In the United States, under U.S. copyright law, works published in 1926 and earlier are now in public domain. One can publish them or use them without securing copyright permission. In case you are wondering about the specifics, the Copyright Term Extension Act (passed in 1998) gave works published from 1923 through 1977 a 95-year term limit. They enter public domain on January 1 after the conclusion of the 95th year.
It gets a little complicated because anything copyrighted before 1977 had only a 28-year protection. The copyright had to be renewed in the 28th year, or the book went into public domain. It is estimated that as much as 85% of such properties were not renewed and are now in public domain. But determining that for certain can be quite a task!
By the way, this happens not only with books but anything under copyright like films and music.
Notable titles are on this year’s list:
Agatha Christie, The Murder of Roger Ackroyd
Kahlil Gibran, Sand and Foam
Ernest Hemingway, The Sun Also Rises
T. E. Lawrence, The Seven Pillars of Wisdom (later adapted into the film Lawrence of Arabia)
A. A. Milne, Winnie-the-Pooh, decorations by E. H. Shepard
Also note that while these books are in the public domain, you can’t slap your name on them and claim you wrote them. There’s a word for that: plagiarism.
And if you want to plan ahead? In 2023 the following are on the list to slide into the public domain:
Margaret Wise Brown, Goodnight Moon
Mickey Mouse (but is trademarked, so be careful)
Hardy Boys, first book (but I believe the Hardy Boys are also trademarked, so be careful)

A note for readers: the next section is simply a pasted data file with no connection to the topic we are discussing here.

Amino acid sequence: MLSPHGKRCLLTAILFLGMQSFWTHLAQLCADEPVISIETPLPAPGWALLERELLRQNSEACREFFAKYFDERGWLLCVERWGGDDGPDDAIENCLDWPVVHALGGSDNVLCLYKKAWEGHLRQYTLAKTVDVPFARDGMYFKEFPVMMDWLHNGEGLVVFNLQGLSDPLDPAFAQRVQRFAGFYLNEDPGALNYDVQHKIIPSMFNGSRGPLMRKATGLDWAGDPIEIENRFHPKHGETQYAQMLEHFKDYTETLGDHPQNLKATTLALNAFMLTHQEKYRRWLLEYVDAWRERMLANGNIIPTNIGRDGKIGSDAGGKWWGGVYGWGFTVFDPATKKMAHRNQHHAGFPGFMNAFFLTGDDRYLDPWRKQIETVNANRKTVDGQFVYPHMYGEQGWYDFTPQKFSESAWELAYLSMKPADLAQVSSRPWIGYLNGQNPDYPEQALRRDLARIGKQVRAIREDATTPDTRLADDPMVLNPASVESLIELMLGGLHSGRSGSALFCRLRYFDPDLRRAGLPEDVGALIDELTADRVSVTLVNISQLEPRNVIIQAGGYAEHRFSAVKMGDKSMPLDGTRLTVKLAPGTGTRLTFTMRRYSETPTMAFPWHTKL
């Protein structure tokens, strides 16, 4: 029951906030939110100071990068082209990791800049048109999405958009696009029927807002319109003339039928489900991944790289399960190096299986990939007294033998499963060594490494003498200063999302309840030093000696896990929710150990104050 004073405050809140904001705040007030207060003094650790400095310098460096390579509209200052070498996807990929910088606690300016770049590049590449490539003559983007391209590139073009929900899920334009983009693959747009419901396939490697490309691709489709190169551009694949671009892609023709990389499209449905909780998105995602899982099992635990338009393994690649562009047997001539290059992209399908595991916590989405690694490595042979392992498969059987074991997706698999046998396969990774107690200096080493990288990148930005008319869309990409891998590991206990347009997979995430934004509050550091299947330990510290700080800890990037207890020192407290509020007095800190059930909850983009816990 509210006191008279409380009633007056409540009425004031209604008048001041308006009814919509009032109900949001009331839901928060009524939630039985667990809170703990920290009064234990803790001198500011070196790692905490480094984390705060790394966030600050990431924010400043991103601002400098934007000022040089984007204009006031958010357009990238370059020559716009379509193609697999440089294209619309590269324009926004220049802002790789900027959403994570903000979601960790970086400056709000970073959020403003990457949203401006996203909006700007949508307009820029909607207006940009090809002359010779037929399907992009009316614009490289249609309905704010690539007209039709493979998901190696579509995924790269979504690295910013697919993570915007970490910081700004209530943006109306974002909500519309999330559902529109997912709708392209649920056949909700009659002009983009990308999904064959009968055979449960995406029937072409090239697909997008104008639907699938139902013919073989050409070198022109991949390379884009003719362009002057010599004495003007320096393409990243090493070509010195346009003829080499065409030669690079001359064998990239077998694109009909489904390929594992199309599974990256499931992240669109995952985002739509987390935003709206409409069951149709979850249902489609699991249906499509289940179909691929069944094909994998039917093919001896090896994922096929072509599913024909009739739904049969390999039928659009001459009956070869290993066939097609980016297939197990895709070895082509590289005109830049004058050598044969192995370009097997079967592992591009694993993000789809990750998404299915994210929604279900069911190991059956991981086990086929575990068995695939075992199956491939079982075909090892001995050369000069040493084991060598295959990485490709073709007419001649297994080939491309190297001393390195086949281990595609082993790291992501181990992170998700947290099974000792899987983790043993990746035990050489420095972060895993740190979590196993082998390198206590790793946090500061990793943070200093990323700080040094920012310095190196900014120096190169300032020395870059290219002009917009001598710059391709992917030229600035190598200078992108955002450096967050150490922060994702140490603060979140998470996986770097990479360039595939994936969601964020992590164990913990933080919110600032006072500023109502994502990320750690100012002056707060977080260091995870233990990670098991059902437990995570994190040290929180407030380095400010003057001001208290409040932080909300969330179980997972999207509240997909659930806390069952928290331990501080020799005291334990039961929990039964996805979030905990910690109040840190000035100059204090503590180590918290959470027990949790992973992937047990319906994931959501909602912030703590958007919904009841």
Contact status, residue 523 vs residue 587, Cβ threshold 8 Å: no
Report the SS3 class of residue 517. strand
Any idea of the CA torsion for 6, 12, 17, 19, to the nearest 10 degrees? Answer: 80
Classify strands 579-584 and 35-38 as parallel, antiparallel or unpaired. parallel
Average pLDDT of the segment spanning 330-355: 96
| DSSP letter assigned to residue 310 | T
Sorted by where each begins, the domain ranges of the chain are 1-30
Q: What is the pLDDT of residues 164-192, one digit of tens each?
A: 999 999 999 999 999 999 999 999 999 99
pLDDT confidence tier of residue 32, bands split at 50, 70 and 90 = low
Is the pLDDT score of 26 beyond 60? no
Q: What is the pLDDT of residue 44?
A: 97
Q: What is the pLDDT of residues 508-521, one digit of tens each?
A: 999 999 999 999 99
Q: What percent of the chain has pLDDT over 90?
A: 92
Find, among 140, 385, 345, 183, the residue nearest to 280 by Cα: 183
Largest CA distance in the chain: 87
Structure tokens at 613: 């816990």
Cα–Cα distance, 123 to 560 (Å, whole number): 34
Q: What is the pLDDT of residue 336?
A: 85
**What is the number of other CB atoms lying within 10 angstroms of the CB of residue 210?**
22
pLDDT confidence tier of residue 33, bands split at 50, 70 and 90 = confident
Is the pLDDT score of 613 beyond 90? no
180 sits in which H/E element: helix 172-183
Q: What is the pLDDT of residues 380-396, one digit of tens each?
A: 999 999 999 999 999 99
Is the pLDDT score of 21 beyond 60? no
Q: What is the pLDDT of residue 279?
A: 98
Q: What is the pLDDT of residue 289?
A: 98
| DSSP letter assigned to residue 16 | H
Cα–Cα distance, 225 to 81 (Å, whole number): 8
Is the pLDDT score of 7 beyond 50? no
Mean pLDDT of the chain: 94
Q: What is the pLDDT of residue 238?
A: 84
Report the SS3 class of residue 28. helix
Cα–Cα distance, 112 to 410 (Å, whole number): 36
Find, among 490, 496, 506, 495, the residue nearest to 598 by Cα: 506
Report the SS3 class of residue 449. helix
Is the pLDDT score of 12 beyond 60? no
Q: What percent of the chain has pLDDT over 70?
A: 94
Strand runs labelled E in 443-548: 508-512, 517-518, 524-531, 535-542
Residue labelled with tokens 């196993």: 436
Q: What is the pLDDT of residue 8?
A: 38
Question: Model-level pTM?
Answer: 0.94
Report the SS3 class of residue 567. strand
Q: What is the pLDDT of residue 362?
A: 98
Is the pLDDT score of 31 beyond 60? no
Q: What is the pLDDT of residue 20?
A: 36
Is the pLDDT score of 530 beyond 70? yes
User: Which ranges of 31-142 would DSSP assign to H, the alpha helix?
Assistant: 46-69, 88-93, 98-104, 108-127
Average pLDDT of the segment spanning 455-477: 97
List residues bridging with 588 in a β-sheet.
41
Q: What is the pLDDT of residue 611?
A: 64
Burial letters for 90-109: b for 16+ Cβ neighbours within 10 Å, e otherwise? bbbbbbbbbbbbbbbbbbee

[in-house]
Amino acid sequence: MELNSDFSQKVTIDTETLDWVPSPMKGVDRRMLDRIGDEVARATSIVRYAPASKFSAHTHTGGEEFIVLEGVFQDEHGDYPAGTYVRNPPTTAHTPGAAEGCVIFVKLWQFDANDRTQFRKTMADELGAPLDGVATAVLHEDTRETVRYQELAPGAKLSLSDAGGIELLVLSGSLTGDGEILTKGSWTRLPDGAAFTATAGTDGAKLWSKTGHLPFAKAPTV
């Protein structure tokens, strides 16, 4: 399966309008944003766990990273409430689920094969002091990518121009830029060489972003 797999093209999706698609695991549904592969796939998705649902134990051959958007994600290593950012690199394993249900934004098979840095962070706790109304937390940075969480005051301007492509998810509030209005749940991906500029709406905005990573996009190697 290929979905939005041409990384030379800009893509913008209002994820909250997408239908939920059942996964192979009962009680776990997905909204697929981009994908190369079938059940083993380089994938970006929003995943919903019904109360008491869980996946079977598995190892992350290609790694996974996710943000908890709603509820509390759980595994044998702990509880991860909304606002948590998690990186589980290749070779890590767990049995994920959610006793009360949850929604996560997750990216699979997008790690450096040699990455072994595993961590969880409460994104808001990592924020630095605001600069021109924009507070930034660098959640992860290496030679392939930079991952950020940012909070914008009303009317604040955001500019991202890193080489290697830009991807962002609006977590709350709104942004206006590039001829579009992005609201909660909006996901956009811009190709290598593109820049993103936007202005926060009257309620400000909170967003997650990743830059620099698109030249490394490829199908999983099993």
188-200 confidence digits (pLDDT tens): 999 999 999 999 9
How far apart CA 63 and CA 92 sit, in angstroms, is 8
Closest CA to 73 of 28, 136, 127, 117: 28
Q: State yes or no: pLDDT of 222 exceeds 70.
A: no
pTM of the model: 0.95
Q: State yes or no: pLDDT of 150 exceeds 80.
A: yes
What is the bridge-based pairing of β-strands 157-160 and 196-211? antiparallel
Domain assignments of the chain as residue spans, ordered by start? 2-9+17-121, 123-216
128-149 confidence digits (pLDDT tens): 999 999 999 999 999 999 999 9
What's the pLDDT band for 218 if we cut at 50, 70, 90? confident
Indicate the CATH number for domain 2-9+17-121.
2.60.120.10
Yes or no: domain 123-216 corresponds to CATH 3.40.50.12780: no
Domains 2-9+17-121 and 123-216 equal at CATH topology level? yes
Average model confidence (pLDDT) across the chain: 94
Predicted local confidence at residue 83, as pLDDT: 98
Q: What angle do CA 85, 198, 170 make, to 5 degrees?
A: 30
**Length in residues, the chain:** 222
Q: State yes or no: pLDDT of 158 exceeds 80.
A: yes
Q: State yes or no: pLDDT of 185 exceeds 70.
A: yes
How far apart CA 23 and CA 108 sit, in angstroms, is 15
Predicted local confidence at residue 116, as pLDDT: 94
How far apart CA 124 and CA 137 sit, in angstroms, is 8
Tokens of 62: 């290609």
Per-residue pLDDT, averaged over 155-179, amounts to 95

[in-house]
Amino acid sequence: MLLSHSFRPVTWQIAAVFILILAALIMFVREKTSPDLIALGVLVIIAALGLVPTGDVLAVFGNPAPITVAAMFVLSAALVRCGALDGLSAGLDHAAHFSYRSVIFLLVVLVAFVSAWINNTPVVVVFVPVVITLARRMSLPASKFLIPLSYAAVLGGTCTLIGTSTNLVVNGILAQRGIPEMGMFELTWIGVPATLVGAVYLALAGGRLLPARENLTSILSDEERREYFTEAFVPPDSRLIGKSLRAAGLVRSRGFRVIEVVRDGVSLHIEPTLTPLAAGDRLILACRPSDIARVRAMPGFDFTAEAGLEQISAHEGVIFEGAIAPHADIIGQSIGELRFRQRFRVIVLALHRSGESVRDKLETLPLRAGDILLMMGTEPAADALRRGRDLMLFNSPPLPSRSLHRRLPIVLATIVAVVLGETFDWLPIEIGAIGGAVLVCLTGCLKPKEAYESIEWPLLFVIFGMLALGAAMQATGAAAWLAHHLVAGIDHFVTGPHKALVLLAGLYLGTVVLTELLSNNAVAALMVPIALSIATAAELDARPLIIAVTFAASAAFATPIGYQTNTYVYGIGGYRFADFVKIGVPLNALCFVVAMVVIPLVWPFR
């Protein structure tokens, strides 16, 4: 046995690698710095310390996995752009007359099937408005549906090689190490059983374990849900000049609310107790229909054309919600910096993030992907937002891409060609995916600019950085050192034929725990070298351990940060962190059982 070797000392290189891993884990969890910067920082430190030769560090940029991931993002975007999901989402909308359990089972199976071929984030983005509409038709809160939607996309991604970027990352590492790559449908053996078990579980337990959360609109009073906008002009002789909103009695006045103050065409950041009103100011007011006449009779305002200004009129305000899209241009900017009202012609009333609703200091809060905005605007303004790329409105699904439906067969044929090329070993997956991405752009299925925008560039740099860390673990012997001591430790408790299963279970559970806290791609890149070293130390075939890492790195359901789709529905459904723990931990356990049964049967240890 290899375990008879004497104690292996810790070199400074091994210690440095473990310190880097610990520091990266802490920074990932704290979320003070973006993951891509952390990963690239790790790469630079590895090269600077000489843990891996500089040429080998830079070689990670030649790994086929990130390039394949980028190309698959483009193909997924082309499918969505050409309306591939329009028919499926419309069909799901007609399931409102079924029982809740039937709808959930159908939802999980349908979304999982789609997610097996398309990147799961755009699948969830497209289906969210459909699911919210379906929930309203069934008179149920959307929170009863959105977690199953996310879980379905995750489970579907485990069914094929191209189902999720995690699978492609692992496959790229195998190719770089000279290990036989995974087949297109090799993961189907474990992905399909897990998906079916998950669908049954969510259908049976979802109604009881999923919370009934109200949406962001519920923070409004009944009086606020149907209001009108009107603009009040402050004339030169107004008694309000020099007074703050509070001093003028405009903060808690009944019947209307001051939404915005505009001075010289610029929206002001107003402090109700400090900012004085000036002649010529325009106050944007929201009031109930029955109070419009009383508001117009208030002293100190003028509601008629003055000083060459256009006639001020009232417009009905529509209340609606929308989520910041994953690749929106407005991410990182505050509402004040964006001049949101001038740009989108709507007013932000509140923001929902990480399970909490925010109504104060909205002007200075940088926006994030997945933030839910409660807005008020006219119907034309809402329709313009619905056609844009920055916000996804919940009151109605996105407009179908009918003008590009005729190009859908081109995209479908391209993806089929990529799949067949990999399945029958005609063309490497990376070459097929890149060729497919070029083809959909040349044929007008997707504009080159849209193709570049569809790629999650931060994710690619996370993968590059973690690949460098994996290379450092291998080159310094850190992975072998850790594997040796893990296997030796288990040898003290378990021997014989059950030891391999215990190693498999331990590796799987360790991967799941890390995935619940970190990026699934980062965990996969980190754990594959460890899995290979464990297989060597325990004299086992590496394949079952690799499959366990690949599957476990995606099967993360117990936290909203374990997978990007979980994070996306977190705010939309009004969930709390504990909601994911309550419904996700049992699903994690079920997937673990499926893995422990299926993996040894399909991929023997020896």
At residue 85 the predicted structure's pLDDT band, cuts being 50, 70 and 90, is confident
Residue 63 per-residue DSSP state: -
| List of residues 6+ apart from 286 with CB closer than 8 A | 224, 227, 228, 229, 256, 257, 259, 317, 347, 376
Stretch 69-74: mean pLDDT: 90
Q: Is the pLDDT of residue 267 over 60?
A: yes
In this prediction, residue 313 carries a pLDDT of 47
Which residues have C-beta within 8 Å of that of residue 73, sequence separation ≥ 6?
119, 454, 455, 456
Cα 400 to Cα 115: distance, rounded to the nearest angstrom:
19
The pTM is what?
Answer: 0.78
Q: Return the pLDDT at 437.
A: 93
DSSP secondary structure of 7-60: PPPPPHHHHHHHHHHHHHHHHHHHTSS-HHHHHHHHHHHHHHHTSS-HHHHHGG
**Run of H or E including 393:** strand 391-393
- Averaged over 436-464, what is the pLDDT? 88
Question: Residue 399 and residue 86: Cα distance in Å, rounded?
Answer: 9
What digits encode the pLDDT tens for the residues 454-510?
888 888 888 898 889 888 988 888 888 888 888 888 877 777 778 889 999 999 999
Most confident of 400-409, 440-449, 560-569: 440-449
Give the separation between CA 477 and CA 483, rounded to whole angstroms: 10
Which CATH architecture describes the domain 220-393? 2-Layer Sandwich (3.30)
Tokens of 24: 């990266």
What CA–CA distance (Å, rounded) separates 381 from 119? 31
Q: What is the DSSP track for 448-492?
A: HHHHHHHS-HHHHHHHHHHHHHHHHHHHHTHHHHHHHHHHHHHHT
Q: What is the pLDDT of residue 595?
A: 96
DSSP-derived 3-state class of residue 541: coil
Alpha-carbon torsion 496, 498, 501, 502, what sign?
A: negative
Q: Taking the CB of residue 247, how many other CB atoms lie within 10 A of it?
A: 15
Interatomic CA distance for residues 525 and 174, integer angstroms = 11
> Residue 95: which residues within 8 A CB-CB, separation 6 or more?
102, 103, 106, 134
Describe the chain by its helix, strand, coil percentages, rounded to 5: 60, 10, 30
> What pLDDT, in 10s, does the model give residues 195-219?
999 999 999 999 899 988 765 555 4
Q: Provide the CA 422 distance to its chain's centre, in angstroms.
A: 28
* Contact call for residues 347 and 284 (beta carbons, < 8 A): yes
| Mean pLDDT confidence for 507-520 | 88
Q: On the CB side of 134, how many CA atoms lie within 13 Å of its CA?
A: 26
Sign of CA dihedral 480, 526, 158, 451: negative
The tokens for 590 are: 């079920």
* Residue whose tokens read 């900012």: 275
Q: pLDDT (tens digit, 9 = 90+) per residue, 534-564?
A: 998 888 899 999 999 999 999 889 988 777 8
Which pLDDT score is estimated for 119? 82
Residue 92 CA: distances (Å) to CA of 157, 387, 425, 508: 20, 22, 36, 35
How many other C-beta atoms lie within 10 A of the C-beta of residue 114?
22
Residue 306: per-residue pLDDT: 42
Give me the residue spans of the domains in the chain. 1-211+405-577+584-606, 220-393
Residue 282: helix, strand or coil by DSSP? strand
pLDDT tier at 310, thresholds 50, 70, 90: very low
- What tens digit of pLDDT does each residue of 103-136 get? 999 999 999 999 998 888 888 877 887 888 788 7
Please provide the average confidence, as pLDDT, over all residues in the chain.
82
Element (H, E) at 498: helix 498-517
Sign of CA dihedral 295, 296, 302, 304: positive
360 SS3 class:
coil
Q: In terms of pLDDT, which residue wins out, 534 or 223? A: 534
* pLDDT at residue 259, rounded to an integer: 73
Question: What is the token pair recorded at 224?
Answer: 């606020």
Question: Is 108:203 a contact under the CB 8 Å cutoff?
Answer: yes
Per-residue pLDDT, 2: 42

I’ve written about copyright and contracts before, but I’d like to clarify some practical details. This post was about property published before 1926. The copyright law was revised in 1978 to include property published between 1923 and 1977.
Anything published after 1978 is under the new copyright rules. The term is the author’s lifetime plus 70 years. A long time.
After that, the book is in public domain. Traditional book contracts usually say that the rights are granted to the publisher for the life of the copyright (unless reverted to the author earlier).
Therefore, if you publish with GGGG Publishing this year, you go to glory in 2029, AND your book continues to sell, it could be published by GGGG until 2099. At that point, it goes into public domain and anyone can publish without paying the estate.
My guess? By 2095 the laws over copyright may change. And you won’t care!
A YA author created an interesting book with a scary premise. All Rights Reserved by Gregory Stott Katsoulis. In the story every word has been copyrighted. So when you speak or write a word, it is deducted from your bank account. (Thus few people speak.) Also, a corporation created a program to compose every possible variation of music and copyrighted them all. So if you sing anything, it is deducted from your bank account.
People don’t get charged until they reach a certain age. So the day before they become adults, the boy or girl makes a final speech.
Everyone must have a wristband that hears every word or sound in order to invoice the user. Sort of like having Alexa or Google Home listening to every word spoken in your home.